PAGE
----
One last question to ask, as you consider compliance wow factors: What would the Justice Department’s compliance counsel think of your ideas? Because we hear increasing anecdotal evidence that the arrival of Hui Chen to that role (she was hired by the department six months ago) really is changing the tenor of conversations the Justice Department has with companies under investigation. Chen held compliance jobs at Standard Chartered, Pfizer, and Microsoft, so she certainly does have experience separating “wow” from “cosmetic.”

To coincide with Chen’s arrival, the Justice Department also outlined seven metrics it will consider when reviewing compliance programs. If you want to match your wow factors to anything, matching them to those metrics would be a good place to start.


  1. Joe Murphy on May 31, 2016 at 1:57 pm

    OK, I’ll start the discussion. On the question of having a compliance officer from another company on the board, I don’t see any reason why a company couldn’t do that today.

    A first point, though, to any company looking at its own compliance officer. If your “chief ethics and compliance officer” is really an assistant general counsel or any other position that another company would consider too low to recruit to their board, then that answers one big question for you: your own CECO is positioned too low and is not a real compliance “officer.” CECOs should be high enough in the company that they would be likely recruits for other companies’ boards.

    Is it difficult to find someone who is a CECO or former CECO as a likely board recruit? I don’t think so, but anyone looking for one is welcome to ask me; I would be happy to make the connection.

    Would a CECO shrink from the risk of being a board member? Not even a question. Anyone who is afraid of risk is not going to be a CECO, period! Any truly empowered and independent CECO should have plenty of experience dealing with a board of directors.

    Would it have an impact on a company’s program? I believe a CECO on a company’s board would know enough to challenge weaknesses in a compliance program. If the company’s own CECO was underpowered and filtered in dealing with the board, a CECO on the board would challenge this very quickly. I don’t believe in silver bullets, but I would certainly pay attention to any company willing to take this step.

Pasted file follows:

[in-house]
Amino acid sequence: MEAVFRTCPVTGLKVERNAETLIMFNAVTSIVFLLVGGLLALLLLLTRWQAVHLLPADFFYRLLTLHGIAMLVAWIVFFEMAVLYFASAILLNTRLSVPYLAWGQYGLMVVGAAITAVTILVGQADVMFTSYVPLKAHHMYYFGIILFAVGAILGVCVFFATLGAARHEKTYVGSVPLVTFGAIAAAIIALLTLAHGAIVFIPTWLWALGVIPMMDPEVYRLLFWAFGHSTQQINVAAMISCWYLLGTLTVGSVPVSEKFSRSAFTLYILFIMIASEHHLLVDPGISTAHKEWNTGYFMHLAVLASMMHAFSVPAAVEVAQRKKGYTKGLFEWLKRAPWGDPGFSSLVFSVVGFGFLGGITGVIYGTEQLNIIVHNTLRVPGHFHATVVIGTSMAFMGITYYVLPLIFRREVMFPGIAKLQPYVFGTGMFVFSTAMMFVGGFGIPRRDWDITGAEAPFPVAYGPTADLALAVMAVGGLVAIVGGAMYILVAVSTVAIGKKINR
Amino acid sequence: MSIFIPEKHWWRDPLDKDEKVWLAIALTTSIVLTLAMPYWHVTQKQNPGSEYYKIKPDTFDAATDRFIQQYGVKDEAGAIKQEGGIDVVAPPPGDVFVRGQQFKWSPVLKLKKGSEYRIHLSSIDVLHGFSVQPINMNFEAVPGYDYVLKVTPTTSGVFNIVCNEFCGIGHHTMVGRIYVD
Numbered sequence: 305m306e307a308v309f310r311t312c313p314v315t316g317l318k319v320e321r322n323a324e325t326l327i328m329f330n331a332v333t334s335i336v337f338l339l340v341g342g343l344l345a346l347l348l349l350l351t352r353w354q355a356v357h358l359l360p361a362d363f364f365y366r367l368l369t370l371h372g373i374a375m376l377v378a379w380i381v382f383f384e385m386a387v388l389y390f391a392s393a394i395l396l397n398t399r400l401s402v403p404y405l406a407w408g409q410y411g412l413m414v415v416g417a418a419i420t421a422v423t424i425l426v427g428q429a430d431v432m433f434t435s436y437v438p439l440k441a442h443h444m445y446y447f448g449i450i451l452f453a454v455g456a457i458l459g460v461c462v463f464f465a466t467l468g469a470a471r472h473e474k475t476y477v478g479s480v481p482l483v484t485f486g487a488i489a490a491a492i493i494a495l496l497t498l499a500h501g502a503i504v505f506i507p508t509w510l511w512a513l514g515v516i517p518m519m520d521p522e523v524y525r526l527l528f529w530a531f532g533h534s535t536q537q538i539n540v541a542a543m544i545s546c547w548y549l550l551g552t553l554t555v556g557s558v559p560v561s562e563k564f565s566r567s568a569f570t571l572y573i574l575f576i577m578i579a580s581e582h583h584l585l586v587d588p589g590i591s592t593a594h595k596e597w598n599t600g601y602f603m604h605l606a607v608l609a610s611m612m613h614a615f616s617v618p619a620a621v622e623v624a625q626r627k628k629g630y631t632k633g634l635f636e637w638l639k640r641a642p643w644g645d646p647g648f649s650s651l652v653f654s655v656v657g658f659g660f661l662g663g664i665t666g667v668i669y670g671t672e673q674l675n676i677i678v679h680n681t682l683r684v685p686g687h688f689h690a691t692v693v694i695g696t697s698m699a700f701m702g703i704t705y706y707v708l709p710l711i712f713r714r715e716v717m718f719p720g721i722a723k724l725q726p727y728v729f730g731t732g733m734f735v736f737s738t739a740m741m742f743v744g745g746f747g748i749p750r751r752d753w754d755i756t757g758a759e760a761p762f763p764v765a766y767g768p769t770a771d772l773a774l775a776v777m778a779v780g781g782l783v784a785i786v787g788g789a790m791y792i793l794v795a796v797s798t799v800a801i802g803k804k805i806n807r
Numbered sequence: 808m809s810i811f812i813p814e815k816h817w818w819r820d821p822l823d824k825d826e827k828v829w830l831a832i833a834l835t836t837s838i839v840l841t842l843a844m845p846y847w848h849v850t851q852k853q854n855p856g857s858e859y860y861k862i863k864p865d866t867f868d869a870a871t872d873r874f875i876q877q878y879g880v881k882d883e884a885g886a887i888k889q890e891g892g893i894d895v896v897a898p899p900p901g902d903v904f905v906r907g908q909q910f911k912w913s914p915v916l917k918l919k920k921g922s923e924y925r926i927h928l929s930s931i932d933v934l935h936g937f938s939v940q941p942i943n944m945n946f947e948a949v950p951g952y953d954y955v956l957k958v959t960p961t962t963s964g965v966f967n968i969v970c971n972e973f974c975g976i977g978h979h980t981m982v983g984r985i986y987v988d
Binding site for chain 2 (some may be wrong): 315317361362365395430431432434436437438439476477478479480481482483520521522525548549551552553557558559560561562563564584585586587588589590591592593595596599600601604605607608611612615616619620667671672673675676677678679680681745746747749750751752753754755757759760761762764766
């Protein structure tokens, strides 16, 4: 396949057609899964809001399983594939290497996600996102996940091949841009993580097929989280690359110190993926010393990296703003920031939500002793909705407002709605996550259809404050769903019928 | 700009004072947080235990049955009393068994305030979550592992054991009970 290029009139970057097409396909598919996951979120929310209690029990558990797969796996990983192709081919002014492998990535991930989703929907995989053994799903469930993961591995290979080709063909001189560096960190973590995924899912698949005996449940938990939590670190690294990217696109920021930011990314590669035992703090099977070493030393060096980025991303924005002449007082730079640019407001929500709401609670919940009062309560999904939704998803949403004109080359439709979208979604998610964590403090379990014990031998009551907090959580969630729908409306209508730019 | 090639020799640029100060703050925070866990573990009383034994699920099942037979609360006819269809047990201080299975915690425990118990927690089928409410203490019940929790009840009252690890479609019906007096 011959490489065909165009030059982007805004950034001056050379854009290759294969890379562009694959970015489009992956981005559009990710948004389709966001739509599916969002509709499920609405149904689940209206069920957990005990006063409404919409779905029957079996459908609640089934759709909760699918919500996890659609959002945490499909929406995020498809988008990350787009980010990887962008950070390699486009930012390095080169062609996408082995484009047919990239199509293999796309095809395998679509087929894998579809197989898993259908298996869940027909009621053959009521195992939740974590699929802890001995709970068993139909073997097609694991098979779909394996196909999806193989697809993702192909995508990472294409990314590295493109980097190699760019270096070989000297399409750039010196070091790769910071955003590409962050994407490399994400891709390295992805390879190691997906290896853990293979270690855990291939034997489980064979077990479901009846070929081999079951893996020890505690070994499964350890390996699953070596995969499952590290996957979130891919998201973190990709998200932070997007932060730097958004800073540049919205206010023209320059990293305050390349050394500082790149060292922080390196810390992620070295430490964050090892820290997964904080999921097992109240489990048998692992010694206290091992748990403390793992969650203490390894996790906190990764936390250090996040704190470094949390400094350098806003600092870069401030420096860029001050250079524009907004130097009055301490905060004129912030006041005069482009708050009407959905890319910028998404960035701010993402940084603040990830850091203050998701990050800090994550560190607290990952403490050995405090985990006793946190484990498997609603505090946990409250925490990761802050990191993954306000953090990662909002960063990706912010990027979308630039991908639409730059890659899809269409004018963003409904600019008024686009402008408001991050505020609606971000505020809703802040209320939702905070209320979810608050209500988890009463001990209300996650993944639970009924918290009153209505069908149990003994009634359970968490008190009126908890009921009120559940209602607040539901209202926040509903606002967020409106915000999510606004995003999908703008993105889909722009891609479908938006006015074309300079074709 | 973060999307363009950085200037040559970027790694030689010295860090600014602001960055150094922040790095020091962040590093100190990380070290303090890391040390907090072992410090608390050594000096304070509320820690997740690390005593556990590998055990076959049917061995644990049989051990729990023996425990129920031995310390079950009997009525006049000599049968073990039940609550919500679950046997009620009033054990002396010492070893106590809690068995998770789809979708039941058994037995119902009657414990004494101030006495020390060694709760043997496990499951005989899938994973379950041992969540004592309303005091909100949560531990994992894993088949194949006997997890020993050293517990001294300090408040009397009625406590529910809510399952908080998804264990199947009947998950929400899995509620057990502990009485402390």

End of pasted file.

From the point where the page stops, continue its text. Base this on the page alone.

Cheers, Joe

  2. Tolulope on June 1, 2016 at 1:10 am

    Nice one. Very insightful

  3. Andrew McAdams on July 2, 2016 at 3:48 pm

    Thank you for the article. I would add two additional “Wow” factor and maybe enhance a couple. As a writer a policy and procedure, I appreciate that a Code of Conduct should be on the CECO’s desk. I would expand it to having relevant compliance PnP on employees’ desks, and document instances when the CECO refers to the PnP in resolving issues.

    Another program that I would like to see is heavier use of Likert scales and longitudinal studies to track compliance and ethics culture. This would provide measurable results for demonstrating an improvement in compliance culture. Moreover, it provides quasi-referendums on management. Many studies have shown that the lower-level employees are much more in tune with the culture at an institution than the higher-level employees. This should be gauged.

    Finally, I would add a component on an overall project management office that is tracking and evaluating the progress on the various statuses of ongoing endeavors. This would be a consolidated view of front line, second line, and third line projects. The road to hell is paved with good intentions, and PMO better translates intentions to actions through MIS,reporting, and accountability.

    Once again, great article and very well thought out.

    Best regards,